Toronto Cat Rescue

An Inspiring Mother/Daugther Duo Seek Forever Families

Jan & Andy - only the best forever homes will do!

Jan is a young, beautiful cat that is full of love and affection.  She has been through a lot with her litter of kittens.  She and her babies were up for euthanasia at a high-kill shelter before being rescued at the last second by a caring TCR volunteer.  She has been a wonderful mom to all her kittens and all of them have been adopted, except for sweet Andy. Jan fought and nurtured her babies all the way through weeks of herself being ill with an Upper Respiratory Infection (URI).  As Jan was much stronger her recovery was a lot quicker, little Andy on the other hand was sick as well and did not have an easy go at recovery.

Little Andy was the sickest in the little family. Her infection became so extreme that the vet said there was a 90% chance that she would lose her eyes. Being the little fighter that she is, she happily won the battle and is now a very healthy girl! Thanks to a fantastic vet, a loving foster home and Andy’s courageous spirit they managed to save her eyes with her having sight in both of them. She may not look the same as most kittens, but it doesn’t (and shouldn’t matter) as she is the most loving, affectionate kitten anyone could ask for!

Jan (DOB March 1, 2009) and Andy (DOB October 11, 2010) deserve a chance to be loved and cared for like all cats should be, they deserve only the best forever families!  They have both been around other cats as well as dogs and adjust very well.  If you would love to meet and adopt these sweet, sweet cats, please email TCR Adoptions: or call 416-538-8592 and press 1 to leave a message.

A Good Update: Barn Placement Found For Five Feral Cats

Many of you are probably wondering about the fate of the Feral Cats that were in need of relocation from a sensitive wildlife habitat in Toronto. We are very pleased to announce that a lovely barn with experience in accepting relocated cats stepped forward to give a home to all five cats! Located about 45 minutes north of Toronto, these cats will be sharing their home with other spayed/neutered cats, sheep, chickens, a rescued horse, rescued ponies, and wild mustangs (horses). So far two of the cats, “Jerry” and “Georgette” have been trapped, spayed/neutered and moved into the “cat room” in the barn, where they will stay for three weeks to adjust before being allowed to have run of the property. Their cat room abode comes complete with custom-built kitty hide-away condos and their new friend, “Frankie” (eating their food in the picture!) – luxury compared to the trailer they previously called home! Plans are in place to trap the remaining cats and move them in as soon as possible.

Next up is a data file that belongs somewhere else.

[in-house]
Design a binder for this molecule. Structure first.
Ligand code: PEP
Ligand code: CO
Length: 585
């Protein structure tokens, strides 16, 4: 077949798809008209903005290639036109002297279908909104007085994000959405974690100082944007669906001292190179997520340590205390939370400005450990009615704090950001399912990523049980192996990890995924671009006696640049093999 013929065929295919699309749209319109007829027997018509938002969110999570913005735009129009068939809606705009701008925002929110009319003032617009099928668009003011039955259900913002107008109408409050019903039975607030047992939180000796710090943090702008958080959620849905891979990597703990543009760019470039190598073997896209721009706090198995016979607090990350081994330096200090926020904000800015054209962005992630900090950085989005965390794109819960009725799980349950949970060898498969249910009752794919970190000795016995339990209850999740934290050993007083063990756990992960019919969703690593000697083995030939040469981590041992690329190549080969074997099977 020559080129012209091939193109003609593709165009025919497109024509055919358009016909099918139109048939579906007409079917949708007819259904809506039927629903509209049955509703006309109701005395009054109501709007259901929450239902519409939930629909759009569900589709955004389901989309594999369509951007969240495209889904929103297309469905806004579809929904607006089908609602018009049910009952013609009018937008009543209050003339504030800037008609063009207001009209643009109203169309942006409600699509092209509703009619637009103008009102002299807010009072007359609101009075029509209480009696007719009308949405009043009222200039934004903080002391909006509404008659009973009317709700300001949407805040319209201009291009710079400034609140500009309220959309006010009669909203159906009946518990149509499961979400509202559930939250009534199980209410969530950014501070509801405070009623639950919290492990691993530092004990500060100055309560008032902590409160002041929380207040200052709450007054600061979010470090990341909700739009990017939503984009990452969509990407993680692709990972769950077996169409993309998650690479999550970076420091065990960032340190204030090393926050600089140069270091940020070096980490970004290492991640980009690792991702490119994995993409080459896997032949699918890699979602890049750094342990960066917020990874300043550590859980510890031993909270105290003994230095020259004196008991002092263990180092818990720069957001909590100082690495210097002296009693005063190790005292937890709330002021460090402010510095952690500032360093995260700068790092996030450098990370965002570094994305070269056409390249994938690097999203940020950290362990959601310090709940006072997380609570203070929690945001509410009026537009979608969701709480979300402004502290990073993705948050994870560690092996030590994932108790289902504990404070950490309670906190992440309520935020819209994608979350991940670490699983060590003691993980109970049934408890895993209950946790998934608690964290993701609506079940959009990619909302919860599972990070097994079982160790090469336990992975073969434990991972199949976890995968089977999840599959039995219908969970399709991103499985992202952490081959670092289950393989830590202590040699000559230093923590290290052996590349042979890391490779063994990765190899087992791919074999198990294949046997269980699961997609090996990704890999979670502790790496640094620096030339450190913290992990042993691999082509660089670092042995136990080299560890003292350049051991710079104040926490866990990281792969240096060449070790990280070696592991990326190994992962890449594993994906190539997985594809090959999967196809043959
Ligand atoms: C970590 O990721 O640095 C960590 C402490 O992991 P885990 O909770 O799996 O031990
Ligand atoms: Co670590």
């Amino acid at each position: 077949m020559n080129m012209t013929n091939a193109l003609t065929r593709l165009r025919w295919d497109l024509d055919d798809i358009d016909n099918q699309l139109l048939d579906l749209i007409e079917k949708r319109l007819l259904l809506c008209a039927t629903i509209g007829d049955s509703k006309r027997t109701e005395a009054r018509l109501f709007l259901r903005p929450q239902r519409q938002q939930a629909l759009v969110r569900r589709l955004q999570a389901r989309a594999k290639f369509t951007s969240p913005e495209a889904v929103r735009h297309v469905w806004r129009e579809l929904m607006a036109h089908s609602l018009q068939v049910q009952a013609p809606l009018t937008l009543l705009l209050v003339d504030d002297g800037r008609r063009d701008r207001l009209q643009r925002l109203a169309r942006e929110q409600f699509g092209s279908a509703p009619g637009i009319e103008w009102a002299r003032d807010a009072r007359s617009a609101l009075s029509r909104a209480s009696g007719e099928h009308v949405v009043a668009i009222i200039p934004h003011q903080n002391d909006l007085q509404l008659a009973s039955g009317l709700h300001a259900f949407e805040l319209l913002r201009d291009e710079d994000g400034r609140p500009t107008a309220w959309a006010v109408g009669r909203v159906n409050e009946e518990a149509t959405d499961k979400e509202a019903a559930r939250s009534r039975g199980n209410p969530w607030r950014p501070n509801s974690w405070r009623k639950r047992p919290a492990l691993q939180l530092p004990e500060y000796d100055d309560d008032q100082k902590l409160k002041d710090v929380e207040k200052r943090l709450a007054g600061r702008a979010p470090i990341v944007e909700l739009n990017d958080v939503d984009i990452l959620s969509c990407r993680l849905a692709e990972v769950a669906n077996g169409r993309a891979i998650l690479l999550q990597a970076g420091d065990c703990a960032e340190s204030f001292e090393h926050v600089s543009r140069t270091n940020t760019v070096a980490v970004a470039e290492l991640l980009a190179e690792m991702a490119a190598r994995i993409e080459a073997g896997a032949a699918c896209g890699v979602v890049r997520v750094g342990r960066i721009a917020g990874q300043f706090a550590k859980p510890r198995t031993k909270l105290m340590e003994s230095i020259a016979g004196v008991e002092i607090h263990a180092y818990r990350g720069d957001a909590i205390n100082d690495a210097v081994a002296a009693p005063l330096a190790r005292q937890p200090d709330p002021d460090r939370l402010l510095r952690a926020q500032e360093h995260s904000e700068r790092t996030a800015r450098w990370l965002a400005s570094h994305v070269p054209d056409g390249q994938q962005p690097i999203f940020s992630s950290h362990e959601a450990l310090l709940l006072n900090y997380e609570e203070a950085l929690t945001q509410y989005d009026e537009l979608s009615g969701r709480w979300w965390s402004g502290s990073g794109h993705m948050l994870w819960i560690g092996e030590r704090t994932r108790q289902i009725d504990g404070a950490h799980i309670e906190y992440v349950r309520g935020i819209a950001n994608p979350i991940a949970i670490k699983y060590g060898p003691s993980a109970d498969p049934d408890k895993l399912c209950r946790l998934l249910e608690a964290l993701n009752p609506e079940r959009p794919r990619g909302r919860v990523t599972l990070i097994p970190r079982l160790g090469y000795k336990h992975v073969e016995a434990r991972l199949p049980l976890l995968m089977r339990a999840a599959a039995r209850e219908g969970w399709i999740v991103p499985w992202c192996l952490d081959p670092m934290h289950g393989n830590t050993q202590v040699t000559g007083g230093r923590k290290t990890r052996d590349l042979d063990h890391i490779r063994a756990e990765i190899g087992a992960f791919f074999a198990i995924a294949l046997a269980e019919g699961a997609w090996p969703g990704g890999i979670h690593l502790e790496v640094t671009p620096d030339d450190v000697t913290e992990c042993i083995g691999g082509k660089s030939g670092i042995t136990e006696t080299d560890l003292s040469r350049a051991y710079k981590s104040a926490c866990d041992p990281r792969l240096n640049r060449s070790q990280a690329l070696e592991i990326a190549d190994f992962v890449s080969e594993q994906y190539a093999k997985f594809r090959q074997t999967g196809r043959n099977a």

Thank you to everyone who helped find these cats their new home, and to those donors that made this project possible! $1,595 has been raised thus far to be put towards the “Grey Cat Relocation Project”.   Thank you, thank you!

Feline Infectious Peritonitis (FIP)

Part 3 of a 3 Part Series on Feline Viruses

Snaps, a long-term TCR foster.

Feline Infectious Peritonitis (FIP) is a complex viral disease that is caused by exposure to certain strains of the coronovirus.  Coronavirus is extremely common in cats, and most owners are not even aware their cat has been exposed.  Normally there are little to no symptoms during the infection and the body is able to fight it off.  In a small percentage of cases, the coronavirus mutates, and FIP occurs weeks, months or even years later.

The symptoms of FIP are nonspecific and can develop suddenly.  Cats will usually display loss of appetite, weight loss, depression, fever, rough coat and sometimes a swollen abdomen as the body begins to fill with fluid.  These symptoms do not respond to antibiotics and increase in severity over the course of several days to weeks.  FIP is a fatal disease and other than supportive therapy, there is no treatment for it.

At this time there is no definitive test for FIP.  There are tests that can help vets by detecting the presence of coronavirus antibodies in a cat, but given that up to 90% of cats have had exposure to this virus, a positive result is not unusual.  The only way FIP can be
accurately tested is through a post mortem examination of tissue.

It is important to remember that FIP in itself is not contagious and exposure to a cat with FIP does not mean that your cat will develop this disease.  The best ways to prevent this disease is by keeping your cats indoors, feeding a high quality diet and providing regular
veterinary care.

Additional FIP resources:

Medical Overview: Cornell Feline Health Center

Sarsenstone Cattery: A Word About FIP

FIP – Is your cat at Risk?: Winn Feline Foundation

Heatlh Communities: Risk Factors, Causes of FIP